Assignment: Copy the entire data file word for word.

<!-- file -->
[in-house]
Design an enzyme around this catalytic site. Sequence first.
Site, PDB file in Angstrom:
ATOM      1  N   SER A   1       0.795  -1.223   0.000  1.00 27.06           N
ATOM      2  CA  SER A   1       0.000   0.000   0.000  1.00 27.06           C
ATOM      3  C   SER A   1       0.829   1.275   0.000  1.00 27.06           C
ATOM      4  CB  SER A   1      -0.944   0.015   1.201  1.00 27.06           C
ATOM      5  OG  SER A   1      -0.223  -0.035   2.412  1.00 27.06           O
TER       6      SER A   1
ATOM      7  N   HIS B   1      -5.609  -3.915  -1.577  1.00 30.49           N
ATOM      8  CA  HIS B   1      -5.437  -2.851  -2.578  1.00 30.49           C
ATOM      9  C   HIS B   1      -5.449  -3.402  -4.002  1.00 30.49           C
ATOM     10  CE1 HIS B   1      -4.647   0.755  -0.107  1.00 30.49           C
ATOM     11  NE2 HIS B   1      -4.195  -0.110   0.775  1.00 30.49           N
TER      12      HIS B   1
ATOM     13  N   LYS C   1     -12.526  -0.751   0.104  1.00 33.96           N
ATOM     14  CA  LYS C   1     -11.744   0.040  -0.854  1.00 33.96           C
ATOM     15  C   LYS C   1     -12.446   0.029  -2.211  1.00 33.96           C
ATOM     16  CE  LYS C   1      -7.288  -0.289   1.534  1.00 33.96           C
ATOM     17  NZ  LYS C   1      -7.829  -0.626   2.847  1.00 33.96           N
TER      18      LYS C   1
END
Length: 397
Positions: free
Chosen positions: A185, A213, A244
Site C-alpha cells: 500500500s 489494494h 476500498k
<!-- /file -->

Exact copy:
[in-house]
Design an enzyme around this catalytic site. Sequence first.
Site, PDB file in Angstrom:
ATOM      1  N   SER A   1       0.795  -1.223   0.000  1.00 27.06           N
ATOM      2  CA  SER A   1       0.000   0.000   0.000  1.00 27.06           C
ATOM      3  C   SER A   1       0.829   1.275   0.000  1.00 27.06           C
ATOM      4  CB  SER A   1      -0.944   0.015   1.201  1.00 27.06           C
ATOM      5  OG  SER A   1      -0.223  -0.035   2.412  1.00 27.06           O
TER       6      SER A   1
ATOM      7  N   HIS B   1      -5.609  -3.915  -1.577  1.00 30.49           N
ATOM      8  CA  HIS B   1      -5.437  -2.851  -2.578  1.00 30.49           C
ATOM      9  C   HIS B   1      -5.449  -3.402  -4.002  1.00 30.49           C
ATOM     10  CE1 HIS B   1      -4.647   0.755  -0.107  1.00 30.49           C
ATOM     11  NE2 HIS B   1      -4.195  -0.110   0.775  1.00 30.49           N
TER      12      HIS B   1
ATOM     13  N   LYS C   1     -12.526  -0.751   0.104  1.00 33.96           N
ATOM     14  CA  LYS C   1     -11.744   0.040  -0.854  1.00 33.96           C
ATOM     15  C   LYS C   1     -12.446   0.029  -2.211  1.00 33.96           C
ATOM     16  CE  LYS C   1      -7.288  -0.289   1.534  1.00 33.96           C
ATOM     17  NZ  LYS C   1      -7.829  -0.626   2.847  1.00 33.96           N
TER      18      LYS C   1
END
Length: 397
Positions: free
Chosen positions: A185, A213, A244
Site C-alpha cells: 500500500s 489494494h 476500498k